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Last updated April 10, 2020.

This general guidance is based on U.S. federal employment law and the current medical assessment of COVID-19. State and local laws may apply, and medical assessments may change, resulting in different conclusions.

Compensation and Tax Issues

[od_accordion title=”Question 1 Will a furlough trigger deferred compensation payments?” after_title=”(Updated March 20, 2020)”]Answer1. If a furlough meets the definition of a payment triggering event under a deferred compensation arrangement (e.g., “separation from service” under the Internal Revenue Code Section 409A rules), it would trigger a deferred compensation payout.[/od_accordion]

[od_accordion title=”Q2. May an employer make changes in the timing or form of distributions to executives and others?” after_title=”(Updated March 20, 2020)”]A2. Employers should carefully consider any tax implications of accelerating any payments of deferred compensation or changing the time or form of payment of deferred compensation. Those types of changes can trigger adverse tax consequences under Internal Revenue Code Section 409A.[/od_accordion]

[od_accordion title=”Q3. Could events surrounding COVID-19 trigger payments under employment agreements, executive compensation arrangements, and/or severance payments?” after_title=”(Updated March 20, 2020)”]A3. It is possible that the events surrounding COVID-19 may impact an employer’s ongoing business in such a way to trigger payments under employment agreements, executive compensation arrangements, and/or severance agreements. Employers should carefully review these agreements and consider the potential for these impacts and address these issues with counsel.[/od_accordion]

[od_accordion title=”Q4. How does COVID-19 affect income tax reporting and withholding?” after_title=”(Updated April 10, 2020)”]A4. For employees who normally live in one state and work in another and who begin telecommuting, the employer will need to coordinate with its payroll provider to determine whether to change the income tax withholding to the state where the employee performs the services. Employers should consult a payroll tax advisor on these issues as some states are waiving this requirement for residents of the state who normally work in another state but who are working in the state as a result of the COVID-19 crisis.[/od_accordion]

[od_accordion title=”Q5. How does the CARES Act impact executive compensation?” after_title=”(Updated April 10, 2020)”]A5. Employers that receive loans or loan guarantees under Title IV of the CARES Act are subject to limits on compensation that can be paid to executives and other high earners while the loan is outstanding and for a period of time after the loan is paid off.[/od_accordion]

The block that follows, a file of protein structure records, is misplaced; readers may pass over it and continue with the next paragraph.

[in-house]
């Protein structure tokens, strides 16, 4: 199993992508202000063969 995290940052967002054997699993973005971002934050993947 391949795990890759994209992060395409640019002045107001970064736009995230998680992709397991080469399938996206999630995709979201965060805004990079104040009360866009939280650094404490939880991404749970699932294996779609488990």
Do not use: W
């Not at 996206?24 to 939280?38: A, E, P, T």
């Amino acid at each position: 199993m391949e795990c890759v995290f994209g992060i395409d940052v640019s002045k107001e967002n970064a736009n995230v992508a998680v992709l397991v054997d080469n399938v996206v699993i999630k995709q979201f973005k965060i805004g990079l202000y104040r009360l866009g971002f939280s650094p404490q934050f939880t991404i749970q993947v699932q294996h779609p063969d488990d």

[od_accordion title=”Q6. What tax credits are available under the FFCRA?” after_title=”(Updated April 10, 2020)”]A6. Employers are entitled to take payroll tax credits for mandatory paid leave payments made under the FFCRA for leave taken under the Emergency Paid Sick Leave Act or the Emergency Family and Medical Leave Expansion Act (EFMLEA) for the period from April 1, 2020, through and including December 31, 2020. Each quarter, employers are entitled to a refundable tax credit equal to 100 percent of the qualified leave wages paid under the EPSLA and the EFMLEA to eligible employees, plus qualified health plan expenses allocable to those wages and the employer’s share of the Medicare tax on those wages. Employers are not subject to the employer portion of Social Security tax on the EFMLEA and EPSLA wages. See response to question 5 in the Health Coverage FAQs.[/od_accordion]

[od_accordion title=”Q7. What tax credits are available under the CARES Act?” after_title=”(Updated April 10, 2020)”]A7. Under the CARES Act, employers are required to a refundable credit against the employer component of employment tax (Social Security and Railroad Retirement), equal to a maximum of 50 percent of qualified wages paid after March 12, 2020, through December 31, 2020. The credit is in addition to the tax credit available under the FFCRA, but may not be claimed on the same wages. While the tax credit under the FFCRA relates to wages (and related health care costs) for employees on mandatory paid leave due to COVID-19, the tax credit under the CARES Act relates to wages (and related health care costs) paid to employees when the employer has fully or partially suspended its business operations, or has had a significant decline in its gross receipts, due to the COVIC-19 pandemic. For employers with over 100 employees, the credit may be claimed only for those employees who are unable to provide services due to the employer’s suspension of operations or decline in gross receipts. The cap on this credit is $5,000 per employee. Please see our recent blog post.[/od_accordion]

 

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